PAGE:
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It is ungrammatical to say "He is a little more sophisticated man" OR "He is a little more smart and sophisticated man". My reasoning as to why is as follows:

The problem is that 'a little' is a construction in itself. 'Move over a little'. 'Move over a little more'. Whatever you analyse 'little' as here, it isn't a noun. Realistically, it is probably a contraction or ellipsis of 'a little bit'. Either way, if you say 'a little more', the 'a' is part of the construction, it is not the indefinite article to a noun. In 'a little more sophisticated movie', the 'a' belongs to 'a little', not 'movie'. So we are short of an indefinite article. If we say 'an a little more sophisticated movie', that too is wrong. The solution? Don't use 'a little', use 'somewhat' or 'slightly' or some other construction that doesn't already use 'a'. 'somewhat more sophisticated', 'slightly more sophisticated', 'a little more sophisticated'. Only 'a little' requires 'a'. Oh, and if you say 'it is little more sophisticated (than)', that means 'it is NOT MORE sophisticated (than)' which is an entirely different meaning. 'It is little more sophisticated than the technology of last century."

http://dictionary.cambridge.org/grammar/british-grammar/little-a-little-few-a-few

In the same way, if you say "He is an 'a' grade student", 'a' is not an article, so you need 'an' as the indefinite article.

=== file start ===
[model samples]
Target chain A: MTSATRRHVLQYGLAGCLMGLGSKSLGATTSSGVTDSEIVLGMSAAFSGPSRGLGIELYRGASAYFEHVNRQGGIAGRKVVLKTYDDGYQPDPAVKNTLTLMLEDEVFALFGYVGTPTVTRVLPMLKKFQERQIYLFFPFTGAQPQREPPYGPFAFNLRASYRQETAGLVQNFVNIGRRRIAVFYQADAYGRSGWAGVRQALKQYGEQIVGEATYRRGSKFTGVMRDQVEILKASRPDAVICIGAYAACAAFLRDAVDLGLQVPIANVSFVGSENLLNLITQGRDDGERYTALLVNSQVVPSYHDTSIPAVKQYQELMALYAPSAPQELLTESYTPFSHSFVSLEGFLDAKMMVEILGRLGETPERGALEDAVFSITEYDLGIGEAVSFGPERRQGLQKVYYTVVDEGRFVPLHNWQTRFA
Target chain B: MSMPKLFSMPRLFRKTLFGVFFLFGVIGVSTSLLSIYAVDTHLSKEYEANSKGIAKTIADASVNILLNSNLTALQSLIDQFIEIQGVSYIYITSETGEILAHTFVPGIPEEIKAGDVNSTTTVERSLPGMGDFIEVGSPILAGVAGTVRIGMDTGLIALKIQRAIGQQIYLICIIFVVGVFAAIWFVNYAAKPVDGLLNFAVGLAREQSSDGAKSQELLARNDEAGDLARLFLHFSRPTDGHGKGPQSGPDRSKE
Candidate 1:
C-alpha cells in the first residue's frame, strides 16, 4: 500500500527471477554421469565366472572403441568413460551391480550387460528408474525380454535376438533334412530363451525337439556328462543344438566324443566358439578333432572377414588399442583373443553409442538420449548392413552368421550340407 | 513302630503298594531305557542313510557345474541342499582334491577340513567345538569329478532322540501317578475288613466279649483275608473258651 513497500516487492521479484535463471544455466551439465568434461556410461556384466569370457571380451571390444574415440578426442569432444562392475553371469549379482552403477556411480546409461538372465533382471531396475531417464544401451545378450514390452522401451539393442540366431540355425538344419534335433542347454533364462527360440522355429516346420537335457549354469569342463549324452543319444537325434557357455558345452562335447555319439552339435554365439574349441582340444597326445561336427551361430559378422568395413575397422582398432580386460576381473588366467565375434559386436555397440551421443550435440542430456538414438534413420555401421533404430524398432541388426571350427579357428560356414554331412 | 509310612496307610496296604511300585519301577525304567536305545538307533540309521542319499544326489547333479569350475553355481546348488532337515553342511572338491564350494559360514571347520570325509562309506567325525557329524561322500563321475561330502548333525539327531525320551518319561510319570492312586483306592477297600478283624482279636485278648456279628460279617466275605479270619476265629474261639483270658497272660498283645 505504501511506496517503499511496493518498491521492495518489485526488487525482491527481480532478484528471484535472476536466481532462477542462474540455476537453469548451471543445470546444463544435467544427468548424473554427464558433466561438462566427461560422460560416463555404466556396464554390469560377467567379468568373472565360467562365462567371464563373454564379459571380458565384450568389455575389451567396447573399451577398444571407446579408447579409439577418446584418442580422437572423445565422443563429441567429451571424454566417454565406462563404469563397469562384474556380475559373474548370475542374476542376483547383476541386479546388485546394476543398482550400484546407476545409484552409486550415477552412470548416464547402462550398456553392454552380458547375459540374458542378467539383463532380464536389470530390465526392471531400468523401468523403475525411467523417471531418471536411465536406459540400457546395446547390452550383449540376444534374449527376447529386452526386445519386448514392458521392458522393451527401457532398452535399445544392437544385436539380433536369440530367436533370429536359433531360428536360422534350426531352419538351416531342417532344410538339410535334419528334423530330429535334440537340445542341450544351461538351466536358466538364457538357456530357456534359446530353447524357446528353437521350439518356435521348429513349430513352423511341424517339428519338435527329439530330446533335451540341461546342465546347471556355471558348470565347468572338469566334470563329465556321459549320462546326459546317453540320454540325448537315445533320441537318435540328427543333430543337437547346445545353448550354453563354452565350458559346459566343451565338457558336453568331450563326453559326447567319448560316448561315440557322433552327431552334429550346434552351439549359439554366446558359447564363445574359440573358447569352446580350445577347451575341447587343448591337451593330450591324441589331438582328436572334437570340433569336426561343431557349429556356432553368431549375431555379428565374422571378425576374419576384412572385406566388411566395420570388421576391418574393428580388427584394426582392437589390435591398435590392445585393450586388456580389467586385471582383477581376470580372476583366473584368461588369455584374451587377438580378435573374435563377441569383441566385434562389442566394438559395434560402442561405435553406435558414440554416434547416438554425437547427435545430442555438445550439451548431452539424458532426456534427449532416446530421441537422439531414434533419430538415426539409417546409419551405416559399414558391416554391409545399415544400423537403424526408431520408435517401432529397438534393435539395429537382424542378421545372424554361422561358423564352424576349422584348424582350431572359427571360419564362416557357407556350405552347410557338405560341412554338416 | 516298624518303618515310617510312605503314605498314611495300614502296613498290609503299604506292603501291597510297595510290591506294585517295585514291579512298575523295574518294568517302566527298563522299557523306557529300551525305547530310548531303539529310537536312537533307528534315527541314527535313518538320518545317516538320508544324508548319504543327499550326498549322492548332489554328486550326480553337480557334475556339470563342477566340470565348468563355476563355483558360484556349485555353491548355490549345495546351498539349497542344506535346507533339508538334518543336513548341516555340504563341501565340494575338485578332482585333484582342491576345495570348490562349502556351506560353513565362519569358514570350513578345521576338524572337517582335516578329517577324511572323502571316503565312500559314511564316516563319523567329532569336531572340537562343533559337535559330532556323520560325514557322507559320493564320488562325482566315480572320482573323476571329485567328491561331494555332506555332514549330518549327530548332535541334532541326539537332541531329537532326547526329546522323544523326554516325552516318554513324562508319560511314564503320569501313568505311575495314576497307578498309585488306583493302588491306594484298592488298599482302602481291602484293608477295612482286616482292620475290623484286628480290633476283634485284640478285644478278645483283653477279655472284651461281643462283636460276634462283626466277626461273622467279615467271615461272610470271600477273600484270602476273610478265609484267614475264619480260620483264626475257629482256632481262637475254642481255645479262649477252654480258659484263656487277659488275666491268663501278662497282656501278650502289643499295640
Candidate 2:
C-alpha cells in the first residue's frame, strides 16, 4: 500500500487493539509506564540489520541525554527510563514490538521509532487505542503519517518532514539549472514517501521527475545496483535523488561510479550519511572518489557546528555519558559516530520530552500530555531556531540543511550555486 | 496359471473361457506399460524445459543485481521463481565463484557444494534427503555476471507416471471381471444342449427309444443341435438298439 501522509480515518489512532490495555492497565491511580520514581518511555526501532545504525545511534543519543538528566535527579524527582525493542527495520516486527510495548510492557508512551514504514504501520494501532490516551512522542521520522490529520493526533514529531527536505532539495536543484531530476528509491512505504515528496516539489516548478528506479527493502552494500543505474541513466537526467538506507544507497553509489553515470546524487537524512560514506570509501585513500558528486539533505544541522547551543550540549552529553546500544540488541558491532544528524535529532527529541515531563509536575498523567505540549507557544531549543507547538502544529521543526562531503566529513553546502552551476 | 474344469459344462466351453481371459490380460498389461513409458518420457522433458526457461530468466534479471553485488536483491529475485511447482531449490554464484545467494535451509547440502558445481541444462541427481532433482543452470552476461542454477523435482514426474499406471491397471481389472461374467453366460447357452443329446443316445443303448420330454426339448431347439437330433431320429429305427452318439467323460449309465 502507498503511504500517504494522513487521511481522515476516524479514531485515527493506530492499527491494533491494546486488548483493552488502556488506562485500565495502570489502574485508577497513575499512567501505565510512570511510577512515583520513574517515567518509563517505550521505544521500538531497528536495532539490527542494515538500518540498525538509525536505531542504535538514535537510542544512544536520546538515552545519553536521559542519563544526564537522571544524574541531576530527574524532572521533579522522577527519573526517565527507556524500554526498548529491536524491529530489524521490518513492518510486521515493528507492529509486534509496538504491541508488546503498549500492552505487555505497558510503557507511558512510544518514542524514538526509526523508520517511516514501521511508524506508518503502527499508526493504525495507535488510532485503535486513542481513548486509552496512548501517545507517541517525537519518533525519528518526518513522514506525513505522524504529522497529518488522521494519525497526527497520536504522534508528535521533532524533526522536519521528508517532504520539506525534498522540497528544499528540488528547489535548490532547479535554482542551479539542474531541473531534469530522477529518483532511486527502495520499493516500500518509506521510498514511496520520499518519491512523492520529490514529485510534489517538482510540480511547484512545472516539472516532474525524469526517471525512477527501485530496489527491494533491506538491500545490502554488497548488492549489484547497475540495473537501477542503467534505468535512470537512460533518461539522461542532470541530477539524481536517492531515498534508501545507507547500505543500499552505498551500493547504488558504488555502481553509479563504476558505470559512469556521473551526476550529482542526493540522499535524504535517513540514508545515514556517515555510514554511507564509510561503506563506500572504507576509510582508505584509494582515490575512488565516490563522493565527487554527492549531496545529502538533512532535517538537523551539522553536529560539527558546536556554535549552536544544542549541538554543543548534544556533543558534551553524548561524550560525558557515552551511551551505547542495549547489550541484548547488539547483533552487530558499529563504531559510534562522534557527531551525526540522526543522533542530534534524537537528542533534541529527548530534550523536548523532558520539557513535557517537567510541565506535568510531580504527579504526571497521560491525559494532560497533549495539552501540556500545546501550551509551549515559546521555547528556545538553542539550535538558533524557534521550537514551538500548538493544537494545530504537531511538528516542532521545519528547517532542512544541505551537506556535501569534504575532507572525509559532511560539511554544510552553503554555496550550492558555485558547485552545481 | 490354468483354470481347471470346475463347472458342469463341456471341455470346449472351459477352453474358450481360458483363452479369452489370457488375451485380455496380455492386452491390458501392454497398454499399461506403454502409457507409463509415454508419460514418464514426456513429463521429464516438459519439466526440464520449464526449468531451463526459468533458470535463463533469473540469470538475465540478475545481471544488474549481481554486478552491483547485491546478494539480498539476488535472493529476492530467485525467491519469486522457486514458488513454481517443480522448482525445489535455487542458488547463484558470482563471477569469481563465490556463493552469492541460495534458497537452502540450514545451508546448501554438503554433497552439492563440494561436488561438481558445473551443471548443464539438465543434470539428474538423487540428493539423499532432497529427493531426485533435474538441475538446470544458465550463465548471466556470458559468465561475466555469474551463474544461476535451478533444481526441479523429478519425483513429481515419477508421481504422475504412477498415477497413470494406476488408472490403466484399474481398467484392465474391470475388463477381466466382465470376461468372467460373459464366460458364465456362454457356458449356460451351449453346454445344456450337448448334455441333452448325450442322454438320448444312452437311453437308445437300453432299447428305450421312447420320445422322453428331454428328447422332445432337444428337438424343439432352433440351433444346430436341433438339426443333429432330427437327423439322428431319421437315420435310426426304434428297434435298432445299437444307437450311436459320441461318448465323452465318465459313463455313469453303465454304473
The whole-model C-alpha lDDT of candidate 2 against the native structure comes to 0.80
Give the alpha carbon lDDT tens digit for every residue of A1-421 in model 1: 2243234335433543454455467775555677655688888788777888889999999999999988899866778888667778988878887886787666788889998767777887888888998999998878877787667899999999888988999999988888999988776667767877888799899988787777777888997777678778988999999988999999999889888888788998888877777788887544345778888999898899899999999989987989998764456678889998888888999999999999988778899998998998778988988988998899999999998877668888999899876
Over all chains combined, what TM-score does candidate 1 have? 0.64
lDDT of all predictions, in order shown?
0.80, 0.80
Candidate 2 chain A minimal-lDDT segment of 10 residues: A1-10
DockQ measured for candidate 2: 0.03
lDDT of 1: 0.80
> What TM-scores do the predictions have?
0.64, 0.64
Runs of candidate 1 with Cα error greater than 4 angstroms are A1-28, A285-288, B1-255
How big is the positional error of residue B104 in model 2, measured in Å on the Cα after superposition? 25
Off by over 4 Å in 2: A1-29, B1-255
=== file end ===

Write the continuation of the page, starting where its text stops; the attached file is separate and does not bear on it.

Does anyone have a different viewpoint as to why "He is a little more sophisticated man" as a stand alone sentence (not followed by 'than' or any implied content) is ungrammatical?

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    A little more sophisticated man = A little man who is more sophisticated. Jul 7 '16 at 10:56
  • Unlike 'slightly', 'a little' is not used before comparative adjectives used prenominally in order to modify them. As you say. 'This house is slightly bigger.' 'This is a slightly bigger house.' 'This house is a little bigger.' But *'This is a little bigger house.' This probably is because of the reading curious-proofreader indicates. The 'a' of the phrase and that of the noun involved would conflict. Jul 7 '16 at 11:25
  • Further to my question-- 'a little' is only used with uncountable nouns. "I drank water", "I drank a little water", "I drank a little more water". This is precisely because uncountable nouns don't need an article, so there is no conflict with 'a little'. But "I drove a little more car"…nonsense. "I drove a little more expensive car"…also wrong. Putting more words in there helps disguise that it is ungrammatical, but that is all.
    – Dunsanist
    Jul 7 '16 at 11:28
  • Oh, and the original sentence that is under contention was "I would answer, if you ask me, that ELU is closer to a little more smart and sophisticated question forum and ELL is a little less sophisticated question forum."